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Narcolepsy patients have antibodies that stain distinct cell populations in rat brain and influence sleep patterns

Bergman, Peter, Adori, Csaba, Vas, Szilvia, Kai-Larsen, Ylva, Sarkanen, Tomi, Cederlund, Andreas, Agerberth, Birgitta, Julkunen, Ilkka, Horvath, Beata, Kostyalik, Diana, Kalmár, Lajos, Bagdy, Gyorgy, Huutoniemi, Anne, Partinen, Markku, Hökfelt, Tomas
Proceedings of the National Academy of Sciences of the United States of America 2014 v.111 no.35 pp. E3735
autoantibodies, autoimmune diseases, brain, epitopes, humans, immunoglobulin G, immunohistochemistry, interneurons, narcolepsy, neuropeptides, patients, pro-opiomelanocortin, rats, screening, sleep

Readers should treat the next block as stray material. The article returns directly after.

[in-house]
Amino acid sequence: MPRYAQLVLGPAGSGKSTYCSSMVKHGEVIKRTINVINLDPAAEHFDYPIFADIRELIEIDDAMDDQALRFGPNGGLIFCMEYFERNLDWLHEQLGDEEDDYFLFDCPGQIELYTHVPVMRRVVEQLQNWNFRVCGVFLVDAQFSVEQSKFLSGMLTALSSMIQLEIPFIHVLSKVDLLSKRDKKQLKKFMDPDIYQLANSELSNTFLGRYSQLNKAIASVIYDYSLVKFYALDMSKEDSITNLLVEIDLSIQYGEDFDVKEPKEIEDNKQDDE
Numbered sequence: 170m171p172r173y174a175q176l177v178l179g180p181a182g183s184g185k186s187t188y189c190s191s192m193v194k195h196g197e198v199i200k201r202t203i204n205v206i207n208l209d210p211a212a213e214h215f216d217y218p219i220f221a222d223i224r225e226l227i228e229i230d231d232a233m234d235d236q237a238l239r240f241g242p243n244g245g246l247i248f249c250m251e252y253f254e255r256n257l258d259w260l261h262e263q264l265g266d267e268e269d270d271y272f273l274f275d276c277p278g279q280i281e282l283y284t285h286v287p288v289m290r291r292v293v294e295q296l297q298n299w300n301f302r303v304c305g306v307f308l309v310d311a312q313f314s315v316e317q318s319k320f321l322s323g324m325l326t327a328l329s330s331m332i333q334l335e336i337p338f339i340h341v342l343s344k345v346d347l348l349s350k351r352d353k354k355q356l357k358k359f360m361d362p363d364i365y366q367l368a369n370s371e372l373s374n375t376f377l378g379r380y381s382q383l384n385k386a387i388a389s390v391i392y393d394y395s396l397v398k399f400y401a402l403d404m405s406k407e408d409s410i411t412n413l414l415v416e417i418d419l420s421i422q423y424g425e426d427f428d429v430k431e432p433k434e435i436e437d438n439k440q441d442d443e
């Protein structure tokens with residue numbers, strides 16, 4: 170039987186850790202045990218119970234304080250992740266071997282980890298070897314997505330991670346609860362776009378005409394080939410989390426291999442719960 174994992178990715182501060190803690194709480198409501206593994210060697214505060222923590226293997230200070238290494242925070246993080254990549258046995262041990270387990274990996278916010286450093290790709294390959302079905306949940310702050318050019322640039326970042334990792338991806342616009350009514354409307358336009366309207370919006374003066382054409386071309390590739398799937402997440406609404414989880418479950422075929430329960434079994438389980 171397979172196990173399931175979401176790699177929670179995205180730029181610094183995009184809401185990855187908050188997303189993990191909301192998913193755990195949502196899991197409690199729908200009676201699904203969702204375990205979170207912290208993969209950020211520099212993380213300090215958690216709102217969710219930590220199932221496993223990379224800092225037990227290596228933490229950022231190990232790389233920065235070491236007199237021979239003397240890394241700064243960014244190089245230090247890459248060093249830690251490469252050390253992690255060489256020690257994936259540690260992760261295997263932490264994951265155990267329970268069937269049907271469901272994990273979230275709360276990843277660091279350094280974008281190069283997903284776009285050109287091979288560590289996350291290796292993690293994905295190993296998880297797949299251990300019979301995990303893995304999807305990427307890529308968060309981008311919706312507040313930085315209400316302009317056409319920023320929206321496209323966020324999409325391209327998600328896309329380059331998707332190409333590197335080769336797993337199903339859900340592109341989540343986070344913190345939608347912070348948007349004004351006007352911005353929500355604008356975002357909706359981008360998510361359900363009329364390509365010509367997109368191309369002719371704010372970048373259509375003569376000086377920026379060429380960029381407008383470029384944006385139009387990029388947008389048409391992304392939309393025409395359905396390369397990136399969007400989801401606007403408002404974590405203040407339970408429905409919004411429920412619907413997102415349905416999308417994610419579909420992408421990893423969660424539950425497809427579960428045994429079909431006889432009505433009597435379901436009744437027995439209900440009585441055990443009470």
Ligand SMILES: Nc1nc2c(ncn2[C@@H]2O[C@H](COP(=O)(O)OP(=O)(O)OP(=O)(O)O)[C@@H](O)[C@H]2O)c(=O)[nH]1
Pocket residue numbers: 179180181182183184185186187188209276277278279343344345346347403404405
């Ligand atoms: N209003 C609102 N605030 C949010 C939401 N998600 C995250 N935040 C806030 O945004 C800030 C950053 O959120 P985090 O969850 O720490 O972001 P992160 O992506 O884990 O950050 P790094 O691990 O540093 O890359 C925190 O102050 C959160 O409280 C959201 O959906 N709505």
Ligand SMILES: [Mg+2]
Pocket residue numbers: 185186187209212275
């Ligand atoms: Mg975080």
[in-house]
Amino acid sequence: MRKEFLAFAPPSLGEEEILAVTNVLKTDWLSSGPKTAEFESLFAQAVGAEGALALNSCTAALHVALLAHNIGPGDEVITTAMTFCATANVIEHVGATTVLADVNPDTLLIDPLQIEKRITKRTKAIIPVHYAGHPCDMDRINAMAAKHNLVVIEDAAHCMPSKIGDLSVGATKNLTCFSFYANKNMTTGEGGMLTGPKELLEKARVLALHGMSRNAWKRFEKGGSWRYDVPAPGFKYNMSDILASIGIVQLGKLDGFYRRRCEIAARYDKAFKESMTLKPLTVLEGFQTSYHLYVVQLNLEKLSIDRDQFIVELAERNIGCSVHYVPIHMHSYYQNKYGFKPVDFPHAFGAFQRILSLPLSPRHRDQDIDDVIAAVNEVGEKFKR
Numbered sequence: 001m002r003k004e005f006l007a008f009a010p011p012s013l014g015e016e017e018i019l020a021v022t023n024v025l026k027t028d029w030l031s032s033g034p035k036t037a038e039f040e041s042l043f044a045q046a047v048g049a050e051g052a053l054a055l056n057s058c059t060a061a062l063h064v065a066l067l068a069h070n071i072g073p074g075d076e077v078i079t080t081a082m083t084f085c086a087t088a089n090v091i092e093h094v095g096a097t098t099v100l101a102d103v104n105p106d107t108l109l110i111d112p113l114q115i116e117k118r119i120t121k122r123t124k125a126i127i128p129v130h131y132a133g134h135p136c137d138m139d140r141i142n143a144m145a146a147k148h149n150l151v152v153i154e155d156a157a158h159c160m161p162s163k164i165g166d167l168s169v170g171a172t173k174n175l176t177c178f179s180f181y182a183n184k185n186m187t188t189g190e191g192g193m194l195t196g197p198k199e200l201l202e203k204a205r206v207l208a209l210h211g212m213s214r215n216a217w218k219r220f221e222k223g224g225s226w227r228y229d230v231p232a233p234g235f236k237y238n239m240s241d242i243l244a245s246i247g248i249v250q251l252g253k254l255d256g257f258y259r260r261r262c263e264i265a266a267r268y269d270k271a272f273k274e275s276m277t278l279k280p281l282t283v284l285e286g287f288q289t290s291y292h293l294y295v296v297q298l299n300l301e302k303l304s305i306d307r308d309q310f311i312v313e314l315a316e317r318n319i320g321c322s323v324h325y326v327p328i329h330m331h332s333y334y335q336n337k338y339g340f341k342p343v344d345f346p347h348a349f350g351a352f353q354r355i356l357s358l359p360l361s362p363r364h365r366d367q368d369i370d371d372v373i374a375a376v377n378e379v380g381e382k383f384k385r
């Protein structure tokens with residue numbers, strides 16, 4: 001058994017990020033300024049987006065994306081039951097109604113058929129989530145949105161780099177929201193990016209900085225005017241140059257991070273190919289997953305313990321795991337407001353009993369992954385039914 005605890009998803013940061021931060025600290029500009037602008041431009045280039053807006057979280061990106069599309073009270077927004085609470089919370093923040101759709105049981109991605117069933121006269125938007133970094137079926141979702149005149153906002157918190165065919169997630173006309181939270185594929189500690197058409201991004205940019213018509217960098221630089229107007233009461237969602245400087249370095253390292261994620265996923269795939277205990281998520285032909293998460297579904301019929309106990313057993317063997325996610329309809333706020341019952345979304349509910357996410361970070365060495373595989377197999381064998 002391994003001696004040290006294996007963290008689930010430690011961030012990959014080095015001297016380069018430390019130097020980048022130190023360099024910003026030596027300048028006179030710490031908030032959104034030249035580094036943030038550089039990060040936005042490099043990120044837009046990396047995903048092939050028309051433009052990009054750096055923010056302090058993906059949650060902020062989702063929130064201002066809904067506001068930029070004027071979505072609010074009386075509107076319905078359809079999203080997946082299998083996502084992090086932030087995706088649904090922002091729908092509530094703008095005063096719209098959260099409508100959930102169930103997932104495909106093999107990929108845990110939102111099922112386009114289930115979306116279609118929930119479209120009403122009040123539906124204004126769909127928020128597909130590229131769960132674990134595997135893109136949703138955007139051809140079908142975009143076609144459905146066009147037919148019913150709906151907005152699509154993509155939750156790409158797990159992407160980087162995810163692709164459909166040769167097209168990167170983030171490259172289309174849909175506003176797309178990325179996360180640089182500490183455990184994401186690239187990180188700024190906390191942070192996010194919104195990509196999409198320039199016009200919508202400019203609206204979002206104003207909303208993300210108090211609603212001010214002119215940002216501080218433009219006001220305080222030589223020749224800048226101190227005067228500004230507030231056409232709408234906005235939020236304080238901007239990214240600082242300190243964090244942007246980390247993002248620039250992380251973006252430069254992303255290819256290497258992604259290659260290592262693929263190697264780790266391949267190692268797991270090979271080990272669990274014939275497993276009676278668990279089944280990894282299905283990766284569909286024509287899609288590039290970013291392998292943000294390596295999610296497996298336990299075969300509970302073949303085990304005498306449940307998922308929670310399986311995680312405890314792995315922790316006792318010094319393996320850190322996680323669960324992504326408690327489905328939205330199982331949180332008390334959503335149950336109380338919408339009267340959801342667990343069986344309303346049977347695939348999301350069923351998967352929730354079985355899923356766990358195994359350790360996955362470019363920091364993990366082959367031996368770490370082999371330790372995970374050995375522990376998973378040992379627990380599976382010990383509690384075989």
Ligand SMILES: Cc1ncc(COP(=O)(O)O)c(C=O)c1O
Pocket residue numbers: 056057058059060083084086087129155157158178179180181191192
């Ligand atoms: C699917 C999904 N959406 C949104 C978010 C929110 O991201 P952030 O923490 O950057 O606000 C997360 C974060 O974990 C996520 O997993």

Significance Narcolepsy is a chronic sleep disease with autoimmune origin. We explored occurrence of autoantibodies in narcolepsy and other sleep-related disorders (OSRDs) by screening human sera with immunohistochemistry on rat brains. Hypocretin/orexinergic neurons were not stained, but a prominent immunostaining pattern of hypothalamic melanin-concentrating hormone (MCH) and proopiomelanocortin (POMC) neurons was overrepresented in cases of narcolepsy and OSRD patients. The autoantigen was identified as the common C-terminal epitope of neuropeptide glutamic acid-isoleucine/α–melanocyte-stimulating hormone (NEI/αMSH). Purified IgGs from a patient with MCH/POMC staining injected intracerebroventricularly to rats caused disturbed sleep patterns. Also, GABAergic cortical interneurons were stained with other narcolepsy and OSRD sera. Thus, autoantibodies are frequent in patients with sleep disorders, and NEI/αMSH may be a previously unidentified autoantigen involved in pathomechanism(s). These findings indicate possible diagnostic/therapeutic targets.